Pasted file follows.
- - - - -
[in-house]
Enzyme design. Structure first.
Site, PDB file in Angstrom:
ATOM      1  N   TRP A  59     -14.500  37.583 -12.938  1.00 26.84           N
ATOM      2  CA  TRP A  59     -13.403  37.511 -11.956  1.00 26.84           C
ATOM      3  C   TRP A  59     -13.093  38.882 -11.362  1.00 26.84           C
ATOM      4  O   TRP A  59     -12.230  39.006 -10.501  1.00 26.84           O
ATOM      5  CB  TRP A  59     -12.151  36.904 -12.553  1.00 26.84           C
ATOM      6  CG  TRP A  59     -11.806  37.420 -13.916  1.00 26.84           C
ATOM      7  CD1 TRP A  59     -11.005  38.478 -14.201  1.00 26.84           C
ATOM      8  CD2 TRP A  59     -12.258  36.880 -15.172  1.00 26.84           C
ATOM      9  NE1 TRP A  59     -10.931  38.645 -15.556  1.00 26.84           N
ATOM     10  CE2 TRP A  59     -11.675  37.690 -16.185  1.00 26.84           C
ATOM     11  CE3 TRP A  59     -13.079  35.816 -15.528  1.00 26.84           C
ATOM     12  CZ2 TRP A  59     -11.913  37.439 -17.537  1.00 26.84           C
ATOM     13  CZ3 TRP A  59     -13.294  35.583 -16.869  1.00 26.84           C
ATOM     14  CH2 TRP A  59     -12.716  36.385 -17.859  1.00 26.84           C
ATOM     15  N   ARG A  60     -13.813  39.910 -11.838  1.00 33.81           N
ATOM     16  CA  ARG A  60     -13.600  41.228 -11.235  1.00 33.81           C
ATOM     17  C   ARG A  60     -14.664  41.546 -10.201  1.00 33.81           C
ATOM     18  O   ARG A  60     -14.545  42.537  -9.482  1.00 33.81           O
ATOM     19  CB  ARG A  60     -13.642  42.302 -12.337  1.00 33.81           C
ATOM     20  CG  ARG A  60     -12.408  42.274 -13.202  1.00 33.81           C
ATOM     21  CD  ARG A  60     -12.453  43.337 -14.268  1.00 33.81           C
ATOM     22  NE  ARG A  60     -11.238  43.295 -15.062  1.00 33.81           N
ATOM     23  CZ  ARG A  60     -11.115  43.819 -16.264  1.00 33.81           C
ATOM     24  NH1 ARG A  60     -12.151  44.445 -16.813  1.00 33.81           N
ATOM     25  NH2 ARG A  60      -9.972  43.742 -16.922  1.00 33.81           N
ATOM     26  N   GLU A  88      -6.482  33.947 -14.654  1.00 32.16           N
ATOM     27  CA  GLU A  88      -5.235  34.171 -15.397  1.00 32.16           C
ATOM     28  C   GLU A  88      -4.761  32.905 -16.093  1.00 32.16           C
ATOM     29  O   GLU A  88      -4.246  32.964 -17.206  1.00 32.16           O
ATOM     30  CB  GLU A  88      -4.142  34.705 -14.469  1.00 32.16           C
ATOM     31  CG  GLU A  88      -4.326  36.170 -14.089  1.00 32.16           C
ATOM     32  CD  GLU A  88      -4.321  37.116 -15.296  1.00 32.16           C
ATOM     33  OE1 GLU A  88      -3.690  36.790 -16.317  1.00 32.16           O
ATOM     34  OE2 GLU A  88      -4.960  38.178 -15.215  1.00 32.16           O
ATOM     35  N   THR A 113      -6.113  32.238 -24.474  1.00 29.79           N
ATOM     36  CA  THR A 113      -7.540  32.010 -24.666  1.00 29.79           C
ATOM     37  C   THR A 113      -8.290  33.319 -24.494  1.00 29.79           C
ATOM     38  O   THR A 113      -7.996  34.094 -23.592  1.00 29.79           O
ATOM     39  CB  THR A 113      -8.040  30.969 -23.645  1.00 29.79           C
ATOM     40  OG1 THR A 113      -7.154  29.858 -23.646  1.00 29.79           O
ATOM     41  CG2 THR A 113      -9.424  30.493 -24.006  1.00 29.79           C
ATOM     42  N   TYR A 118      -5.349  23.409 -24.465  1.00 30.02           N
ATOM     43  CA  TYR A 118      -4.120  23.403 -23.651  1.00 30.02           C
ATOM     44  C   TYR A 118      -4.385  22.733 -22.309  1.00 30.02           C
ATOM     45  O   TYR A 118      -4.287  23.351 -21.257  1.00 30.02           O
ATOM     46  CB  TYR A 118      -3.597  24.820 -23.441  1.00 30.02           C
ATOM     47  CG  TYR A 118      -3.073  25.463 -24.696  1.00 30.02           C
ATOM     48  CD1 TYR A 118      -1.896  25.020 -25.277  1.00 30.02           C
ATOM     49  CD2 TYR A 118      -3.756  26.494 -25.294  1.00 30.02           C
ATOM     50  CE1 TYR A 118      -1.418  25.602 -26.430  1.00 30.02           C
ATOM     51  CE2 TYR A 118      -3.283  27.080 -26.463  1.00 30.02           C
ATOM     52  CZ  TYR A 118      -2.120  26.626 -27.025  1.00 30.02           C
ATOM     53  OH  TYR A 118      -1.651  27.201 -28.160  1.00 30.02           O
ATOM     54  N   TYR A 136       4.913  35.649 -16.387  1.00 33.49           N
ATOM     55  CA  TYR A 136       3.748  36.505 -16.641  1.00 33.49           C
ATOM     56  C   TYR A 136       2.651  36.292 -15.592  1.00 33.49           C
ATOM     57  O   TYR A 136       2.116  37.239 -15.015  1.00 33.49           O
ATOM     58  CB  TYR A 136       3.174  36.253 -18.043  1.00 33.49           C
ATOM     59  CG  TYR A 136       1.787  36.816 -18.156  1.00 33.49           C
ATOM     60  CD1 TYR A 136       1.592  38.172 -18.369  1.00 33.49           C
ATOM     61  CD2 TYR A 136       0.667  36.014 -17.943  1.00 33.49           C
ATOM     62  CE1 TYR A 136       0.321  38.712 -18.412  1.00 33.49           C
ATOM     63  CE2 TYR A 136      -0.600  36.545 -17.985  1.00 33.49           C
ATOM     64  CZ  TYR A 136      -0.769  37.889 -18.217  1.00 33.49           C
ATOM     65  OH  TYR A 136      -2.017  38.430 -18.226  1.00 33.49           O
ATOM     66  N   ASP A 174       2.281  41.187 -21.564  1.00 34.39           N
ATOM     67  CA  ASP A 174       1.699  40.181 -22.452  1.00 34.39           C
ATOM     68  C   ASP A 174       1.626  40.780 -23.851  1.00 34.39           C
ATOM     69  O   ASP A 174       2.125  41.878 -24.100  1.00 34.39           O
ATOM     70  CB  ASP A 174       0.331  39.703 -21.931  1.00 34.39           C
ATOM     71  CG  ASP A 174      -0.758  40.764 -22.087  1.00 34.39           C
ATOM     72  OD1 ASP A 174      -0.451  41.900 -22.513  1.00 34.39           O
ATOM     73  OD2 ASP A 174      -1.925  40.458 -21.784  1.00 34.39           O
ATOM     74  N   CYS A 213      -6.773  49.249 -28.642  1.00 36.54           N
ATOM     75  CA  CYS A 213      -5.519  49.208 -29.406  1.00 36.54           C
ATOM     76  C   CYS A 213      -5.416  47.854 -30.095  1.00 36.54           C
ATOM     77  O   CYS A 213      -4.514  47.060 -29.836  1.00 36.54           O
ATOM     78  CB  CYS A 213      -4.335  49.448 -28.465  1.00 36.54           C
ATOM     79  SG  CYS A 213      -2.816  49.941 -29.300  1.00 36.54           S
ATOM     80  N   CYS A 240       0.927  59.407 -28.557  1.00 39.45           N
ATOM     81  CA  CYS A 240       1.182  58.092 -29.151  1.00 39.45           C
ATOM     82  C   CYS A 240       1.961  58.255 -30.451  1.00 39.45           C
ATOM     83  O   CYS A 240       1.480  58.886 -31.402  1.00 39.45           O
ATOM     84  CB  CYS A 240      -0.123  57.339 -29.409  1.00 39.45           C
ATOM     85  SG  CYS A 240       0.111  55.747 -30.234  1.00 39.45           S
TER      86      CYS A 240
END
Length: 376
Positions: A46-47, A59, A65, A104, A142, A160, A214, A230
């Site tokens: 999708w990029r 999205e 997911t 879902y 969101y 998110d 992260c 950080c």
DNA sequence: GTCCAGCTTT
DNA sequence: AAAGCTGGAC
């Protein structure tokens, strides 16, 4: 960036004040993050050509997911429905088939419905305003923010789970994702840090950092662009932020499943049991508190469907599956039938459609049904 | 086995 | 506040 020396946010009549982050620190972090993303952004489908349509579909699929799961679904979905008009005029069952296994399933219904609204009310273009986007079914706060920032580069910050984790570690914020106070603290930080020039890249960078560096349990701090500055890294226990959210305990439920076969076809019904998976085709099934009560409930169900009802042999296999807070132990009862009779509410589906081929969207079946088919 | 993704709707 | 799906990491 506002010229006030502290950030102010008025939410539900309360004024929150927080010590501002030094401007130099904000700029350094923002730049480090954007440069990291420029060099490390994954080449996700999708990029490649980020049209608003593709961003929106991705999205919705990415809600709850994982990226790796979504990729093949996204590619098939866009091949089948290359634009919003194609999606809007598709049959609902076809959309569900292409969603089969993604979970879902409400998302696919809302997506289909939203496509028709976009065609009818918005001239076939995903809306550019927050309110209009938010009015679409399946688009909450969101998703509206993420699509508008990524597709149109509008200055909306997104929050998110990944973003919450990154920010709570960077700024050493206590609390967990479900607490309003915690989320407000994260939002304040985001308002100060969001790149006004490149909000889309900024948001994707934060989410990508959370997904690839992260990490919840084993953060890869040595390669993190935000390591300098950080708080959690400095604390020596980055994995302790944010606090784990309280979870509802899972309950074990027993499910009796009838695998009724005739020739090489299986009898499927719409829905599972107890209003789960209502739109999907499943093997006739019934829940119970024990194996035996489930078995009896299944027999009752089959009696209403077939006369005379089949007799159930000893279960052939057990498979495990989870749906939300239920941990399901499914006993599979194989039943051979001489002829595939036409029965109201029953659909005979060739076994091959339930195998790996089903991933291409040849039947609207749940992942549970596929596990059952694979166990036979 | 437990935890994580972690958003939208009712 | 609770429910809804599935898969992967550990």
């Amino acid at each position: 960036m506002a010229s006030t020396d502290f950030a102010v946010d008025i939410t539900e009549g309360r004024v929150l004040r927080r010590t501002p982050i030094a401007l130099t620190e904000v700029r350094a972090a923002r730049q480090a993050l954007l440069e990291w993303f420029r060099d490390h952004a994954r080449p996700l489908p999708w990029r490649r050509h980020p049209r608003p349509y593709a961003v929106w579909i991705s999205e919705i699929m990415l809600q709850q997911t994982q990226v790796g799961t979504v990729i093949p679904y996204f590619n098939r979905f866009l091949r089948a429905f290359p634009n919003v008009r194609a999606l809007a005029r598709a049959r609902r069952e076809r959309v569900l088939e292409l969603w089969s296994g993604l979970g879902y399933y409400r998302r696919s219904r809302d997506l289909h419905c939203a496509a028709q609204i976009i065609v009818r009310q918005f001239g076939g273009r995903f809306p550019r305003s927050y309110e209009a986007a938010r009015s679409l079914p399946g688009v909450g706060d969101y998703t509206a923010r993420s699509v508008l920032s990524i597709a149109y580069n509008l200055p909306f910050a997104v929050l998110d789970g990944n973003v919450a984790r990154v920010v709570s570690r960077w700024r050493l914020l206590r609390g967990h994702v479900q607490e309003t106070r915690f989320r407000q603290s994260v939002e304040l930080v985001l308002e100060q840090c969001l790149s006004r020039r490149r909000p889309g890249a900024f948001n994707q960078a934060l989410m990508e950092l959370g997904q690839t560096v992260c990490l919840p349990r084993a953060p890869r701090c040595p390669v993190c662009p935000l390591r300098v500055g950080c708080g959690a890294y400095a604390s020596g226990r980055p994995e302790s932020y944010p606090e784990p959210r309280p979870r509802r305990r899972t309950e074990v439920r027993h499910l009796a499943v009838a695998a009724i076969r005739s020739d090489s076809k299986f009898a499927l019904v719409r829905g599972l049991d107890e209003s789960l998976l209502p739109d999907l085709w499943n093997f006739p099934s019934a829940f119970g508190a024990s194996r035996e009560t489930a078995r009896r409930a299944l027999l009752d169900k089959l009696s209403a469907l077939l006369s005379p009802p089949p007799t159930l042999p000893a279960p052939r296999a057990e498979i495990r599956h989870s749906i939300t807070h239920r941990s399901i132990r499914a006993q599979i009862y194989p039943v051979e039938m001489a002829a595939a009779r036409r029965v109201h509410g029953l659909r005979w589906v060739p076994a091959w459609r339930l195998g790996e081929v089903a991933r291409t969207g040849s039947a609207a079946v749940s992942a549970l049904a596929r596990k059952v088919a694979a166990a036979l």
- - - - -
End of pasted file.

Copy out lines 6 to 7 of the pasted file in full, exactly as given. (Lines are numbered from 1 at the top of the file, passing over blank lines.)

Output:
ATOM      3  C   TRP A  59     -13.093  38.882 -11.362  1.00 26.84           C
ATOM      4  O   TRP A  59     -12.230  39.006 -10.501  1.00 26.84           O